In FIG. 4, the requests for access R3, R2, R1 are applied as inputs, with rotation of the inputs, to three fixed-priority arbitration networks 34, 35, 36.
The outputs Ai (i=3, 2, 1), Bi, Ci of equal priority of the various arbitration networks are connected to the respective inputs of N=3 multiplexers 37, 38, 39, at the outputs of which there are respective access grant signals G3, G2, G1.
The multiplexers are controlled by RRP selection signals defined in dependence on the immediately preceding arbitration.
In this case, the arbitration unit is constituted by logic chains which comprise four logic elements in cascade, possibly with the addition of an AND logic element of input masking circuits.
The propagation times are therefore shorter than those of a unit such as that of FIG. 3, but nevertheless longer than those of a fixed-priority arbitration unit.
Moreover, the load of the input circuits is high, as is the circuit complexity.
In order to produce the arbitration networks and the multiplexers, in fact 2N(N-1)+N(N+1), that is 3N2 -N logic elements are required, to which must be added N logic elements of the masking circuits and logic elements for generating the RRP pointer signals.
For example, if N=10, 290 logic elements are required.
All of these limitations are overcome according to the invention by the synchronous, circular-priority arbitration unit shown in FIG. 5 in which, by way of example, the number N of requests arbitrated is 4.
The arbitration unit comprises essentially the following functional blocks:
an input holding register 40,
an output holding register 41,
masking logic circuits 42,
mask-generating logic circuits 43,
a conventional fixed-priority arbitration network 44 having 2N-1=7 inputs I1, . . . I7 for receiving 7 signals, to each of which the arbitration network assigns an ordered and invariable priority increasing from 1 to 7, relative to the other inputs,
a set 46 of OR logic gates for the connection in an OR arrangement of pairs of signals output by the arbitration network.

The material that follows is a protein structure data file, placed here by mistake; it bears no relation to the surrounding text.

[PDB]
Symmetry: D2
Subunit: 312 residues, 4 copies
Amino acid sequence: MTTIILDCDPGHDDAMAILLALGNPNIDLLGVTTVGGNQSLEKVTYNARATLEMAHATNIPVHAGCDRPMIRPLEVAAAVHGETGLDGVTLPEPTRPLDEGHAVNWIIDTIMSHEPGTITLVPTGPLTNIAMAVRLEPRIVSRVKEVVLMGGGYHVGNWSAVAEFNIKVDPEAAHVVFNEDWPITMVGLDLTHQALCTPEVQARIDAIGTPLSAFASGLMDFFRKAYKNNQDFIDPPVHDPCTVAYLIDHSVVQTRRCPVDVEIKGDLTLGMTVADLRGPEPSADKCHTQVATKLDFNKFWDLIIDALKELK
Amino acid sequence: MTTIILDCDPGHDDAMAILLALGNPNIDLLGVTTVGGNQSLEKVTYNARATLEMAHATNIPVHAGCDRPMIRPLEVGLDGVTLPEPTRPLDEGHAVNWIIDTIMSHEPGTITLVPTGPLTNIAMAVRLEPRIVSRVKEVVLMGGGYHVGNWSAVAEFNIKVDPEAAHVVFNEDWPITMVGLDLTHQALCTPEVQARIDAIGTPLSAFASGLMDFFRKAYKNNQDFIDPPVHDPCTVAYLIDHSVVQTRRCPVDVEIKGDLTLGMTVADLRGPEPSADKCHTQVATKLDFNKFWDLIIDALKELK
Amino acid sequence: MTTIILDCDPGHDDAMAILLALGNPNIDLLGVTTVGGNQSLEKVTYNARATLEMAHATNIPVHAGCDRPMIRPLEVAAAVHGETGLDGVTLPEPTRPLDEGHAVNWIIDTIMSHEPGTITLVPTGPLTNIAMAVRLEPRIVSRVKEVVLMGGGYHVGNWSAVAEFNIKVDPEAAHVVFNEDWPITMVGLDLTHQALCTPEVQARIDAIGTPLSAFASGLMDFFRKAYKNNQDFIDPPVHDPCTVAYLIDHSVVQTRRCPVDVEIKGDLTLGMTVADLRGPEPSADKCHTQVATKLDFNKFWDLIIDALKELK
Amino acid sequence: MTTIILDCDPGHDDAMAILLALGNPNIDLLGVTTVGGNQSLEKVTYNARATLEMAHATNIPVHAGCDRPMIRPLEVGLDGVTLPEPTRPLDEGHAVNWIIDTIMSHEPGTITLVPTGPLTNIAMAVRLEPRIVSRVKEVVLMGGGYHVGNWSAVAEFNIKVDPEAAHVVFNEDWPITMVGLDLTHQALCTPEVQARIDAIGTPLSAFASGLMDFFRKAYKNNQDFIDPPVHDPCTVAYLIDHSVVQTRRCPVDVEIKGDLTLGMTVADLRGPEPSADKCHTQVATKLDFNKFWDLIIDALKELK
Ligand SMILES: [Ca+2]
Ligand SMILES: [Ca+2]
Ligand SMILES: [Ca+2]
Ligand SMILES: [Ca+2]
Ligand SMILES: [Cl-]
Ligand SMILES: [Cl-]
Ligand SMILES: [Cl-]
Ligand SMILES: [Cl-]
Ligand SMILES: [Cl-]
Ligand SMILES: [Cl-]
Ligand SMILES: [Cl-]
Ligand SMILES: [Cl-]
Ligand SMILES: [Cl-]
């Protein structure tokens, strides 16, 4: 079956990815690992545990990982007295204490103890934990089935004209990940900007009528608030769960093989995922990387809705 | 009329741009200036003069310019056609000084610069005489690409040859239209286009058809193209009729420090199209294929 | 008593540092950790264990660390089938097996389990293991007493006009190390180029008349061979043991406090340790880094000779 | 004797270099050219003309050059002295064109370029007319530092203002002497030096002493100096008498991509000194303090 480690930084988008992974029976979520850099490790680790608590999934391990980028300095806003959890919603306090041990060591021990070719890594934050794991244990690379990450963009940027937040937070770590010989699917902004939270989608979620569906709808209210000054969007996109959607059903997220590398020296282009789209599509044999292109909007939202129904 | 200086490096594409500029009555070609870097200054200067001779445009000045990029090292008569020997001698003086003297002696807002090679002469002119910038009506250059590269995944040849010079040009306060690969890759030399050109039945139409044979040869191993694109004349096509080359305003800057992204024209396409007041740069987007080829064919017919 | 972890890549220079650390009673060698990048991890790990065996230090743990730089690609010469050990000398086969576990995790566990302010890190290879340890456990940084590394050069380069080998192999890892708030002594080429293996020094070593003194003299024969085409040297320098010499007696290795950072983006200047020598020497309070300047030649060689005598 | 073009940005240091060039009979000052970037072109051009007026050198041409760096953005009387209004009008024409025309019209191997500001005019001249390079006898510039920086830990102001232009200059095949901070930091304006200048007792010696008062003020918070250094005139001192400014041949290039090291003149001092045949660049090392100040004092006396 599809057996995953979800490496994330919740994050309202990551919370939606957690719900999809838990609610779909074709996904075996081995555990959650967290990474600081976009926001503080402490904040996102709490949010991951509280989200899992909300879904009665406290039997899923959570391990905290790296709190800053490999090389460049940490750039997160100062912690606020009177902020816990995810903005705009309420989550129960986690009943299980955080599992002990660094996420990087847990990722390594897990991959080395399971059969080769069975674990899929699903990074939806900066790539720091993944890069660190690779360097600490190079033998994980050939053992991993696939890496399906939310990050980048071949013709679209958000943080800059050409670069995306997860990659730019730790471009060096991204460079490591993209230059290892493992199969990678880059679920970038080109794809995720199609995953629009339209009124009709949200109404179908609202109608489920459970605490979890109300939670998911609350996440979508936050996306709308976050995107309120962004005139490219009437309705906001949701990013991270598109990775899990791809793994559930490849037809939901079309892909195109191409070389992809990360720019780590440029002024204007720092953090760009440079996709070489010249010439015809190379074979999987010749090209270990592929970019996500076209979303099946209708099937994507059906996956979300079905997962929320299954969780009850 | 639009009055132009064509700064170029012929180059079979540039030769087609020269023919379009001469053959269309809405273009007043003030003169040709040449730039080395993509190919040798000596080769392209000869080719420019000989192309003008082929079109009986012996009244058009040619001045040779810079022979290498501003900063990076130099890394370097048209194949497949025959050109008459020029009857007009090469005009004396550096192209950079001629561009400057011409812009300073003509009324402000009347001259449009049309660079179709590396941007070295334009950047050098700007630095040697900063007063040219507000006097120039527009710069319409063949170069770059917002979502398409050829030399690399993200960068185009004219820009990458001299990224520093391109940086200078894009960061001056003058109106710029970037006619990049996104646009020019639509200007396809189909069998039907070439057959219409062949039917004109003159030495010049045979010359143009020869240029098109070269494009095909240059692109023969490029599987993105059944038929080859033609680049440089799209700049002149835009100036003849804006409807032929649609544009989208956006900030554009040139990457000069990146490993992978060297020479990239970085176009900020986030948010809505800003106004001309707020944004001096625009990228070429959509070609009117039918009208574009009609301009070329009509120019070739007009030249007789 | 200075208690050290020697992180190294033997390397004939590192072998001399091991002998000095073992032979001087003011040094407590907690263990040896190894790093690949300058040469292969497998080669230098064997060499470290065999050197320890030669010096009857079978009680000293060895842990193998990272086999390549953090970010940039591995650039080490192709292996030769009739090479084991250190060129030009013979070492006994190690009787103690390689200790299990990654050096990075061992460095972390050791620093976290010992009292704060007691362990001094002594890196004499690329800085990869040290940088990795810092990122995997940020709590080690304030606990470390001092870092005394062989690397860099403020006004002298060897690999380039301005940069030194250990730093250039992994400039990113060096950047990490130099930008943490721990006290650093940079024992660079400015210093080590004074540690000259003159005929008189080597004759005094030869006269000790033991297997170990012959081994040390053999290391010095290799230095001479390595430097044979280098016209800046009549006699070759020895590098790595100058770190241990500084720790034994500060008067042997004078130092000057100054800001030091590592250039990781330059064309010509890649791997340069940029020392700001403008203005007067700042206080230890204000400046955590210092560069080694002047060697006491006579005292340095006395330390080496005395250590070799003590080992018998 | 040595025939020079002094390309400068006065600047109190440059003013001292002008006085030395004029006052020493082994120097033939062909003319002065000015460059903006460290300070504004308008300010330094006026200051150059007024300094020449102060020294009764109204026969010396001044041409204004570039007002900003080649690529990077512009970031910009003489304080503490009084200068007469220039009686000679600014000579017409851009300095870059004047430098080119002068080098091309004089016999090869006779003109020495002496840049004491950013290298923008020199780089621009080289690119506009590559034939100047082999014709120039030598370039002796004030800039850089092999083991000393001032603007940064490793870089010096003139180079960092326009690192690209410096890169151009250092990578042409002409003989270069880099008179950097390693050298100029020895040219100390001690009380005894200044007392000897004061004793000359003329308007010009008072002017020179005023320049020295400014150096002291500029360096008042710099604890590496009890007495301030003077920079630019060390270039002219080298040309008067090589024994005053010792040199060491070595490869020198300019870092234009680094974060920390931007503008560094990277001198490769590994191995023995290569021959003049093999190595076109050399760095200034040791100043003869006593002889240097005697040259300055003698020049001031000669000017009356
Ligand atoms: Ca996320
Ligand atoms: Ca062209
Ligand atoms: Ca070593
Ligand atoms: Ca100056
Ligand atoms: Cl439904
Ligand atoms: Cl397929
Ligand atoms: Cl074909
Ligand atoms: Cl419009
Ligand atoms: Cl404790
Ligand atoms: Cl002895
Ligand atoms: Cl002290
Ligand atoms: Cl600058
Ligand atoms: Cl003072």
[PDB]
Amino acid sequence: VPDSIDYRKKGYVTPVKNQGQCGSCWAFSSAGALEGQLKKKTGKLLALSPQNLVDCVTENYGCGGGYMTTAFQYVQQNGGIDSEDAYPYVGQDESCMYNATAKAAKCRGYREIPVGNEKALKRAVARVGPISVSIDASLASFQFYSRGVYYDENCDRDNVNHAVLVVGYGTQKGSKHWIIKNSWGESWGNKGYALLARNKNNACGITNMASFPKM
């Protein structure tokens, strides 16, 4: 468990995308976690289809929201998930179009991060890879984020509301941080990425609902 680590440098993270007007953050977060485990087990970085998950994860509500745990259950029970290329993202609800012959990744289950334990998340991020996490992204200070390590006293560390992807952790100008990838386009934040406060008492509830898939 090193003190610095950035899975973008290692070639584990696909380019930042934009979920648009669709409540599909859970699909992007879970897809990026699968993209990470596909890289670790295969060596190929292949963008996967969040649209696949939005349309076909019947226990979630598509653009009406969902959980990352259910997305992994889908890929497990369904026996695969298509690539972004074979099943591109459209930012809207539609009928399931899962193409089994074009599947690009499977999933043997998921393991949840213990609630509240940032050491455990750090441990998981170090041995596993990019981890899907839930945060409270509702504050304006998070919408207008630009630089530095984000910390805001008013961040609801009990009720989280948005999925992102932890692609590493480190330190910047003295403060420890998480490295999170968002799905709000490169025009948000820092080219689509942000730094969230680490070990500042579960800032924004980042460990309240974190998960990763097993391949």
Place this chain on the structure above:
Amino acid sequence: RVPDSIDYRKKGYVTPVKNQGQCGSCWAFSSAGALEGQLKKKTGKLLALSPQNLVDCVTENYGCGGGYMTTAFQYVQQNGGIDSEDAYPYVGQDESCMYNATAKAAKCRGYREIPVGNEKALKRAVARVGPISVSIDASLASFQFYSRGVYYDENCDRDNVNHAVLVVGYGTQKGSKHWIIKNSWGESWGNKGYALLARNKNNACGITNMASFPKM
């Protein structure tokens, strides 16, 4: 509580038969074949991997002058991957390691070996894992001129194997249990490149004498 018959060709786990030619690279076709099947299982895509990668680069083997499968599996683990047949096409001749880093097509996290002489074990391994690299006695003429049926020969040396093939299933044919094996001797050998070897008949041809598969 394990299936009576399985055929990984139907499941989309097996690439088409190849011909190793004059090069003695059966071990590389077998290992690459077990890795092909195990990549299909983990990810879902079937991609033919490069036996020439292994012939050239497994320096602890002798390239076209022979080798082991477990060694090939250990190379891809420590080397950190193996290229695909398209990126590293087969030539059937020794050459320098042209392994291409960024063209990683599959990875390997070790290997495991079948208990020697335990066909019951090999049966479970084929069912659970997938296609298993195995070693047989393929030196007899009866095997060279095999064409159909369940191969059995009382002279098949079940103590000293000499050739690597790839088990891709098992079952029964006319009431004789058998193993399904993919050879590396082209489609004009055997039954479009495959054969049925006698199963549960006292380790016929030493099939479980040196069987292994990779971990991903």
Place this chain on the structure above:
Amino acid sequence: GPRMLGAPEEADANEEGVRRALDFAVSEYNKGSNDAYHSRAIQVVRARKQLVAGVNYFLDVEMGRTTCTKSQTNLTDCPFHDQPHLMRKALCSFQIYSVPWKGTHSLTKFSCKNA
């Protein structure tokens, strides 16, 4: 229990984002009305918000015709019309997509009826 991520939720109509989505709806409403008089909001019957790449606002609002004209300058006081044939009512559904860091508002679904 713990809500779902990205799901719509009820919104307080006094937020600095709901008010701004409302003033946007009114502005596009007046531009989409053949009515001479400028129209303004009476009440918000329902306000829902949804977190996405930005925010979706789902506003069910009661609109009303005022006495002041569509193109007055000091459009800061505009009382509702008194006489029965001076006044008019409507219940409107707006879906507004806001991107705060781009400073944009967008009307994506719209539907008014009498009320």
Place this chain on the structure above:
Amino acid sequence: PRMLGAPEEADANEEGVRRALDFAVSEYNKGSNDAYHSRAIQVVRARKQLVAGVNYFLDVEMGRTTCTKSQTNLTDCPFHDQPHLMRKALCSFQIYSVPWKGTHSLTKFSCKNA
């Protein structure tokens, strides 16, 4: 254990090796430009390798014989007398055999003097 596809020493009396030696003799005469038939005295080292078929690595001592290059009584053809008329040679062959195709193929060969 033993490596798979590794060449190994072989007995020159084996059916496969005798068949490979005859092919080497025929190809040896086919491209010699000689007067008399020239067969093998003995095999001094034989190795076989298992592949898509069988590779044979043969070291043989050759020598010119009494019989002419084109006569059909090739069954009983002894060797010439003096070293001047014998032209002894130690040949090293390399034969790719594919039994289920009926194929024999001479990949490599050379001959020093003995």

In FIG. 5, the access requests R4, R3, R2, R1 which are assigned initial or conventional relative priorities which increase from R1 to R4 and which have to be rotated by round-robin criteria, for example, in dependence on the preceding arbitrations, are stabilized in the input register 40 by a clock signal CLK1.
The requests R4, R3, R2 output by the input register 40 are applied, respectively, to the lower-priority inputs I3, I2, I1 of the priority network 44 by means of connection wires 45. The inputs I3, I2, I1 constitute a first set of lower-priority inputs of the arbitration network.
The same requests R4, R3, R2 are applied to the inputs of the masking logic circuits 42.
These comprise 3 AND gates 47, 48, 49, each of which receives as inputs a respective request R4, R3, R2 and suitable masking signals.
At the outputs of the AND gates 47, 48, 49, which constitute the outputs of the masking circuits 42, maskable request signals R4M, R3M, R2M are available, their asserted states being masked selectively in dependence on the masking signals. These define a binary masking configuration code M4, M3, M2 generated by the circuits 43 described below.
Each of the maskable requests R4M, R3M, R2M is applied to
a respective higher-priority input I7, I6, I5 of the arbitration network 44 in the same order in which the corresponding non-masked requests R4, R3, R2 are applied to the first set of inputs.
The inputs I7, I6, I5 constitute a second set of N-1 higher-priority inputs of the arbitration network.
The request R1 output by the register 40 is applied by means of one of the connection wires 45 as an input to the input I4 of the arbitration network which has a priority intermediate those of the first and second sets of inputs.
Each input I1, . . . I7 of the arbitration network 44 is associated with a respective output O1, . . . O7.